Shee was also – and perhaps most notably – a key figure within the governance and administration of the Royal Academy. He first became involved in the politics of the institution in 1805, when he intervened on an issue relating to the Hanging Committee for that year’s exhibition. The case concerned one of John Hoppner’s paintings that was deemed to be unfairly rejected due to late submission (Hoppner had been too ill to make the original date) even though James Northcote’s painting – also submitted late – was accepted. Shee’s determination to ensure fairness earned significant and lasting respect from fellow Academicians.

In 1830 Shee was elected President of the Royal Academy, succeeding his friend Sir Thomas Lawrence. Shee steered the Academy through several difficult moments, including public criticism and a parliamentary enquiry into the principles of academies. He also oversaw the relocation of the Academy from Somerset House to the National Gallery.

Shee moved to Brighton in June 1845 for health reasons, essentially retiring from public life. He died in 1850 after a prolonged illness. The Royal Academy Council offered to organise a funeral in St Paul’s Cathedral, but Shee’s family opted for a private ceremony in Brighton.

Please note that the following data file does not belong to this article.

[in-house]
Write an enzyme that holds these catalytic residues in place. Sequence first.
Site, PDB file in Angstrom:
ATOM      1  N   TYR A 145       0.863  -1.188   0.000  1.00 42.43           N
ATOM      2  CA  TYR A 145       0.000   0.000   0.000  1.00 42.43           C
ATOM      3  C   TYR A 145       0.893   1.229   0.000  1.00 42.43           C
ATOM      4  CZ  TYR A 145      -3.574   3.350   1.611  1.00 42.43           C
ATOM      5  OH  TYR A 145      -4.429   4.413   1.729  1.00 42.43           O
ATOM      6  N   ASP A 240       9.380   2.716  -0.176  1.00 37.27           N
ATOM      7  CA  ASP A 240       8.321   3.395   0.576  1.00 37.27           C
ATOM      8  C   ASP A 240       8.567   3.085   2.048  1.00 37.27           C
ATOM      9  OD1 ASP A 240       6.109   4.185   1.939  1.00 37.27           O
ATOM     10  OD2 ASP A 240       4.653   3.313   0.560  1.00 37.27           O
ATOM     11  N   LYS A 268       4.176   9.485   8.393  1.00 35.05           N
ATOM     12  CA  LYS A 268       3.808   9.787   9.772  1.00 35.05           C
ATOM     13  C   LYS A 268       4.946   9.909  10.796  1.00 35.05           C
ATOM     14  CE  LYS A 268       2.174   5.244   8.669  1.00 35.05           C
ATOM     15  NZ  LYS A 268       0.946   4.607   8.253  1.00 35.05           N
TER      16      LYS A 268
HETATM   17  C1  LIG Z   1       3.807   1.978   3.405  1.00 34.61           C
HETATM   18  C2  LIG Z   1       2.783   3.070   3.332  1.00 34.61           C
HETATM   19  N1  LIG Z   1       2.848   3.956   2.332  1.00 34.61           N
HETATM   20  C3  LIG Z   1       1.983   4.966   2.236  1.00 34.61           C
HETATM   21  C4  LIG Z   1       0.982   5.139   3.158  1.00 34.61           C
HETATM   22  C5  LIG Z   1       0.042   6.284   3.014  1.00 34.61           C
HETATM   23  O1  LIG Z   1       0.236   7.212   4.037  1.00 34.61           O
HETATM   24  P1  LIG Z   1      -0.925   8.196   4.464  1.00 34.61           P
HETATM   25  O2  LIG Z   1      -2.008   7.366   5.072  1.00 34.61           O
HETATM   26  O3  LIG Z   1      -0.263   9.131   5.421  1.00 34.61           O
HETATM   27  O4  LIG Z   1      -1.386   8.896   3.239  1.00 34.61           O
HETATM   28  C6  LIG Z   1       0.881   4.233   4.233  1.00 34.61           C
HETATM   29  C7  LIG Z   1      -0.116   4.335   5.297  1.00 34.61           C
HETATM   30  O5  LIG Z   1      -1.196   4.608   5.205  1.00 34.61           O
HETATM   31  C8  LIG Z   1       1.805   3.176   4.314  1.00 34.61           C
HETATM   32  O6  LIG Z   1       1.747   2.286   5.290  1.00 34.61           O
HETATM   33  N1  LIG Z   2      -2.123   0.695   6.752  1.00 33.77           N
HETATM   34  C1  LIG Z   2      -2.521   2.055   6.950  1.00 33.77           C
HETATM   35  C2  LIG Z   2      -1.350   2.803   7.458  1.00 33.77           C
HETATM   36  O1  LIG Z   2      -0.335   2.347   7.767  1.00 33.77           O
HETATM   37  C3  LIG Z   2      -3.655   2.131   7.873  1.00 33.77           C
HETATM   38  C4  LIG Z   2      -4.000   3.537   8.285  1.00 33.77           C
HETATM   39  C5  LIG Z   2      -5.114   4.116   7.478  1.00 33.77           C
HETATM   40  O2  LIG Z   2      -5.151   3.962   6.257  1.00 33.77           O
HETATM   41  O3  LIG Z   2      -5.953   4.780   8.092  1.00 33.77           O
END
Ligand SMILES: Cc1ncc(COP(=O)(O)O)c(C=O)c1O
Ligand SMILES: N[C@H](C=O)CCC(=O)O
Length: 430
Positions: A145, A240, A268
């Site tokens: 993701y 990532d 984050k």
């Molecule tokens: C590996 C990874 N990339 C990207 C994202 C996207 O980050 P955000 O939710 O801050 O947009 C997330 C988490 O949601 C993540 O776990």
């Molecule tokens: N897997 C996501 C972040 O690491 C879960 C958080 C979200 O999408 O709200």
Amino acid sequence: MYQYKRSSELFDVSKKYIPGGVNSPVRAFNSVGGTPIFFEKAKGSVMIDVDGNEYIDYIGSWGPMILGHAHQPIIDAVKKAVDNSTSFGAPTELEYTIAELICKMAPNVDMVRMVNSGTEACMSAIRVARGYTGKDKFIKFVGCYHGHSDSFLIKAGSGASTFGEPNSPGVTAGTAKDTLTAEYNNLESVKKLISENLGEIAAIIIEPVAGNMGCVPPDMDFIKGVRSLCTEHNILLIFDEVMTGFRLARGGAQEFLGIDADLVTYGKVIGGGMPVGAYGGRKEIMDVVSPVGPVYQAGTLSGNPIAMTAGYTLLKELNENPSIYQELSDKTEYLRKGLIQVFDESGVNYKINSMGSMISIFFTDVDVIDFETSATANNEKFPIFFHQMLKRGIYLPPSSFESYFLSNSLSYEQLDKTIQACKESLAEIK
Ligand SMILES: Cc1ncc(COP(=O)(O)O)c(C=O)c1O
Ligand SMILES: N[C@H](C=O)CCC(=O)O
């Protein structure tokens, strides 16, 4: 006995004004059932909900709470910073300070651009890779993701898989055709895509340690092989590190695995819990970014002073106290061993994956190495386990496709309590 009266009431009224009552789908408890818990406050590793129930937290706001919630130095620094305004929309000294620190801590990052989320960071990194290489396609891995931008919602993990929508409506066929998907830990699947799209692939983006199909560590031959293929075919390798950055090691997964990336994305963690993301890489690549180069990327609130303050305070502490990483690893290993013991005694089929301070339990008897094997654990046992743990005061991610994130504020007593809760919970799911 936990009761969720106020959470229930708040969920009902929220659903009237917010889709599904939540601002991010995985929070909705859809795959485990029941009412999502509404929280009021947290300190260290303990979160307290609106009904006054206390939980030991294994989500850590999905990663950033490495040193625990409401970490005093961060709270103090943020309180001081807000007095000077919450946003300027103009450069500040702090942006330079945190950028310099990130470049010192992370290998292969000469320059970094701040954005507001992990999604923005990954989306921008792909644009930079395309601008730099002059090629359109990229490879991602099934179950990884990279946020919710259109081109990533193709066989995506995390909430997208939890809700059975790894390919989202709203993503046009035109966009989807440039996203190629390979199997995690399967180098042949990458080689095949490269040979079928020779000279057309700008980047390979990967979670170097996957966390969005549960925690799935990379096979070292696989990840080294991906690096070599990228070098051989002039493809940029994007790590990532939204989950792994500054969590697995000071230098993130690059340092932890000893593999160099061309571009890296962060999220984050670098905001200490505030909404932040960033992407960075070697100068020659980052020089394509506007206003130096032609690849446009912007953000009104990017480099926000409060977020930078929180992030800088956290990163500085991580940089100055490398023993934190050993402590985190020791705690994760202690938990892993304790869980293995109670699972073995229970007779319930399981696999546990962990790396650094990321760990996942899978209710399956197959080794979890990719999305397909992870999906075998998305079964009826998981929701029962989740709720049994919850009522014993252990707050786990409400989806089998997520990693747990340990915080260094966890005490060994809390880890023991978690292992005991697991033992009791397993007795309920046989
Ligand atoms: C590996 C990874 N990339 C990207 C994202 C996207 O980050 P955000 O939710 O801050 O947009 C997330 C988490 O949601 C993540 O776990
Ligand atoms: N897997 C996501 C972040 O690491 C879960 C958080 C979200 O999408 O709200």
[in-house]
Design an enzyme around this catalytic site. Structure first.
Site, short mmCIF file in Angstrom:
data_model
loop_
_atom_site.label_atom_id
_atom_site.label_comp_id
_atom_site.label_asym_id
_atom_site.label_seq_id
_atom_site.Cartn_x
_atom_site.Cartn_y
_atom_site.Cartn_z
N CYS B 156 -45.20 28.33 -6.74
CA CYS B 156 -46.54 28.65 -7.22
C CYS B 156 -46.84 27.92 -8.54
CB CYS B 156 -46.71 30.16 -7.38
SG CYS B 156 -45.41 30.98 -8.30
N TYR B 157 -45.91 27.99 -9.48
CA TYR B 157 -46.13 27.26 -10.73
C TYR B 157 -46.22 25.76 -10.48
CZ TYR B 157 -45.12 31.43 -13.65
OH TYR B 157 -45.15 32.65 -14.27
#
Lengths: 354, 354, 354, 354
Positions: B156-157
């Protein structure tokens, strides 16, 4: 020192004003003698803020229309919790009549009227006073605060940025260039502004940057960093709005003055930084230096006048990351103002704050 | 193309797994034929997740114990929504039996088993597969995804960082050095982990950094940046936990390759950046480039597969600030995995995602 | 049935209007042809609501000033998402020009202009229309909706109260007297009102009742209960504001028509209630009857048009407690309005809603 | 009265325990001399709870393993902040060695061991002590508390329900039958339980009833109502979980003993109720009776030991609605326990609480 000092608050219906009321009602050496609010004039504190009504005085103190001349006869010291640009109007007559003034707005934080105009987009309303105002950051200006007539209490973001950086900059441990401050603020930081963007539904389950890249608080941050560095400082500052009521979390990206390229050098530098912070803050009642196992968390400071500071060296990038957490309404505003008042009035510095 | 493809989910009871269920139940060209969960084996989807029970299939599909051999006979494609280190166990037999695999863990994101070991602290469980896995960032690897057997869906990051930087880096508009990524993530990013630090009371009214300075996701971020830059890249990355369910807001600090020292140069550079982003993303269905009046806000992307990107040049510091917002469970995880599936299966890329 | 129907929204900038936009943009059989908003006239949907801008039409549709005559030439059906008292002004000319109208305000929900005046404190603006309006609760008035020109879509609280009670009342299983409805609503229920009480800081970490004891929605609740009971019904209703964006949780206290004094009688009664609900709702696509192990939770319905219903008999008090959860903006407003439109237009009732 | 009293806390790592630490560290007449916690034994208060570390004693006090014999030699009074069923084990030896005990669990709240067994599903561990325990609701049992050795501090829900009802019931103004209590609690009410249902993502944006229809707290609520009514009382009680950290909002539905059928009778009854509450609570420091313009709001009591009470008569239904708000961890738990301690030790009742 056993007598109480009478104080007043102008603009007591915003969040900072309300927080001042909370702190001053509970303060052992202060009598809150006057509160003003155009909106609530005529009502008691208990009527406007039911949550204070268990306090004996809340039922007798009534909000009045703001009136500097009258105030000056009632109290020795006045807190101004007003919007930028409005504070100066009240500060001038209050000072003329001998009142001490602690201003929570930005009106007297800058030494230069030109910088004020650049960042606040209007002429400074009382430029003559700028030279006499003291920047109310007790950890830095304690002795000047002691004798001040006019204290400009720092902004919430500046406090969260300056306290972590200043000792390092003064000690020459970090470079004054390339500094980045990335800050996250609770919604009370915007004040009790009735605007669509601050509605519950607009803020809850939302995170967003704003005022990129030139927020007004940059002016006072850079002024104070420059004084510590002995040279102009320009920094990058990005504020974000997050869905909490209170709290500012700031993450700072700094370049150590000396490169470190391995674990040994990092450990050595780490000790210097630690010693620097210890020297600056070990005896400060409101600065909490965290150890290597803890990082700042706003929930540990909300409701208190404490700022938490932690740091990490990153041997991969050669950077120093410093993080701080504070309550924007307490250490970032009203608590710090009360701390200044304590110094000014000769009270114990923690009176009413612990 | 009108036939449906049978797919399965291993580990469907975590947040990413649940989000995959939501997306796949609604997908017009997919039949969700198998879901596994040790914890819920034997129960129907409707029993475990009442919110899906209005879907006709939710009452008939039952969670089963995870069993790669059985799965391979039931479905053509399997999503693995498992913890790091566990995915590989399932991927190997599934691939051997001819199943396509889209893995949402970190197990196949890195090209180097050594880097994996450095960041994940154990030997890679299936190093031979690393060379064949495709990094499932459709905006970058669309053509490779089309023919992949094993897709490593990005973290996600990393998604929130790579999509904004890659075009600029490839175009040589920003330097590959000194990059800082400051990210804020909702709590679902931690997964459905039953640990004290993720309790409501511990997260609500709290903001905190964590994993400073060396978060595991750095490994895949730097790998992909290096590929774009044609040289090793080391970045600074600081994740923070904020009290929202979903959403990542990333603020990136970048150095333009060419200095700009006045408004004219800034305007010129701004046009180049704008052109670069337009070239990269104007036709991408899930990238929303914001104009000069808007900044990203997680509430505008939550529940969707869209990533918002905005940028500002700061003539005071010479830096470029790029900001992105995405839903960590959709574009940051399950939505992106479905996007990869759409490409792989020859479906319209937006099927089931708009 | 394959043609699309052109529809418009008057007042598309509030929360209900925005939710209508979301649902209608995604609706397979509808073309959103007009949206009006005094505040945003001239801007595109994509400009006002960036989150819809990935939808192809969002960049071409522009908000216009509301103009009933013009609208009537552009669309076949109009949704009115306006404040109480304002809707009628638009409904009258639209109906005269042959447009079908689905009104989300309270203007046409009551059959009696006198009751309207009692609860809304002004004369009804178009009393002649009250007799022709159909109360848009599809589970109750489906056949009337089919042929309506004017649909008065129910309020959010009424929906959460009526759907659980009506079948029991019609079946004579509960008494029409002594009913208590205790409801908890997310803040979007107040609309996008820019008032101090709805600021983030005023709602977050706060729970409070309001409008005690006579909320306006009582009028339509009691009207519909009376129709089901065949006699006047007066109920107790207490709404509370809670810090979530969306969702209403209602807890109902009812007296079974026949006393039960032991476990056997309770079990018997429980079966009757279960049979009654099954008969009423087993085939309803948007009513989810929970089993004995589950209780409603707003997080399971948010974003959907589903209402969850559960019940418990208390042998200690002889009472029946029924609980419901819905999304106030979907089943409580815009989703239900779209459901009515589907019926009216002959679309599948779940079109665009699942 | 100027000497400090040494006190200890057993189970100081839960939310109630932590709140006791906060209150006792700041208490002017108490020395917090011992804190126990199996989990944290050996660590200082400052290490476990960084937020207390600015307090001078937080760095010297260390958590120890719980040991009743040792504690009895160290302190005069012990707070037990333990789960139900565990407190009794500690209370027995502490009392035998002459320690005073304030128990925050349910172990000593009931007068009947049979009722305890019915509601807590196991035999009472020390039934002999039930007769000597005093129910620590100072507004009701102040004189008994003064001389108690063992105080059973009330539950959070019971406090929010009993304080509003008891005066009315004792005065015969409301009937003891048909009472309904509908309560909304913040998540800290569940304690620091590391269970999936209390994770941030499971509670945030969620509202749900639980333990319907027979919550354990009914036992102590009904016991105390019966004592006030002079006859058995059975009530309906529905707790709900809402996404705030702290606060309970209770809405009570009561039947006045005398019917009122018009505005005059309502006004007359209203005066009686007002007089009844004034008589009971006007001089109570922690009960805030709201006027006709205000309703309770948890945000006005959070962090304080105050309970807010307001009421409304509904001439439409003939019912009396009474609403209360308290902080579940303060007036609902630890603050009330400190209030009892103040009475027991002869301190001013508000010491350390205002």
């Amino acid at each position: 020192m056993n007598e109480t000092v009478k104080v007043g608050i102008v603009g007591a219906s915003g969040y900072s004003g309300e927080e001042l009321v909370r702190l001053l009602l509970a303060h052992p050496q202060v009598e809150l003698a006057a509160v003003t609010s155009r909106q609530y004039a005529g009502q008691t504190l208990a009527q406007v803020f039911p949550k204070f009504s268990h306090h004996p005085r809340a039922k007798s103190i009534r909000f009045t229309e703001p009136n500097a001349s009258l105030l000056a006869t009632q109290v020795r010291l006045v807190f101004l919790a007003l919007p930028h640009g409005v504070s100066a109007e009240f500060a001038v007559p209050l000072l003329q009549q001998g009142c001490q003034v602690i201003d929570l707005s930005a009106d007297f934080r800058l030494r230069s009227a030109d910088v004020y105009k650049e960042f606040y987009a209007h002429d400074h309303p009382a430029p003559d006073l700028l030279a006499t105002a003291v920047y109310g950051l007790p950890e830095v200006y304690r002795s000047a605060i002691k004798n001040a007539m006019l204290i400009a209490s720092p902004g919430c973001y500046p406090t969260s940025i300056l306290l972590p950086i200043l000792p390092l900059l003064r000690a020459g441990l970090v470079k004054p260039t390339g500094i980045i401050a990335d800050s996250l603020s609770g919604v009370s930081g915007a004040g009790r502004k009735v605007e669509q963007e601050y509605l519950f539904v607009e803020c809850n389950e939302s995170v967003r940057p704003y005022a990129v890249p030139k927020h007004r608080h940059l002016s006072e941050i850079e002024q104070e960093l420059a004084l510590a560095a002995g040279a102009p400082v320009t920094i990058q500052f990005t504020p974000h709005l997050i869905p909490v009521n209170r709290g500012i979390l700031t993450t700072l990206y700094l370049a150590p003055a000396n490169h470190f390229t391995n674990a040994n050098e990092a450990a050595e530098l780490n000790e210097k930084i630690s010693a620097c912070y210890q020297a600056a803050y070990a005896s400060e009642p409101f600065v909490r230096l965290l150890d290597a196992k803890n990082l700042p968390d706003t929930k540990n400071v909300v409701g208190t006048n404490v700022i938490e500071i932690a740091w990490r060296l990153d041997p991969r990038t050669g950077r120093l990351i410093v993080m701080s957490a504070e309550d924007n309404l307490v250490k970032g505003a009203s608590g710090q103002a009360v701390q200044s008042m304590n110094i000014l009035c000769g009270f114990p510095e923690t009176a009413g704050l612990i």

RA Collections Decolonial Research Project - Extended Biography

Shee’s cousin was George Shee (1754-1825), an Irish merchant and East India Company official who amassed a fortune and who also served in a military capacity in Bombay in the 1770s. George was instrumental in advancing Sir Martin Archer Shee’s artistic career, introducing him to notable society figures such as Edmund Burke and Sir Joshua Reynolds in 1790 and promoting his cousin’s artwork (see Note 1).

Archer Shee was a subscriber to the second edition of Ottobah Cugoano’s anti-slavery treatise Thoughts and Sentiments on the Evils of Slavery (1791) (see Note 2).


  1. (accessed 22 April 2022)

  2. Cugoano, Ottobah. Thoughts and sentiments on the evil or slavery; Or, the nature of servitude as admitted by the law of God, compared to the modern slavery of the Africans in the West-Indies; in an answer to the advocates for slavery and oppression. Addressed to the sons of Africa, by a native. London: Printed for, and sold by, the author, No. 12, Queen-Street, Grosvenor-Square. Sold also by Mr. Kirby, Oxford-Street; Mr. Bell, Strand; Mr. Simonds, Pater-Noster-Row; Mr. Steel, Tower-Hill; and Mr. Taylor, Royal-Exchange, M,DCC,XCI. [1791]. Eighteenth Century Collections Online (accessed April 22, 2022).

Relevant ODNB entries

Simon, Robin. “Shee, Sir Martin Archer (1769–1850), portrait painter and writer.” Oxford Dictionary of National Biography. 23 Sep. 2004; Accessed 22 Apr. 2022.


Royal Academician

Born: 20 December 1769 in Dublin

Died: 19 August 1850

Nationality: Irish

RA Schools student from 19 November 1790

Elected ARA: 5 November 1798

Elected RA: 10 February 1800

President from: 1830 - 1850

Gender: Male

Preferred media: Painting

Works by Sir Martin Archer Shee in the RA Collection

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Works after Sir Martin Archer Shee in the RA Collection

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Associated books

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Associated archives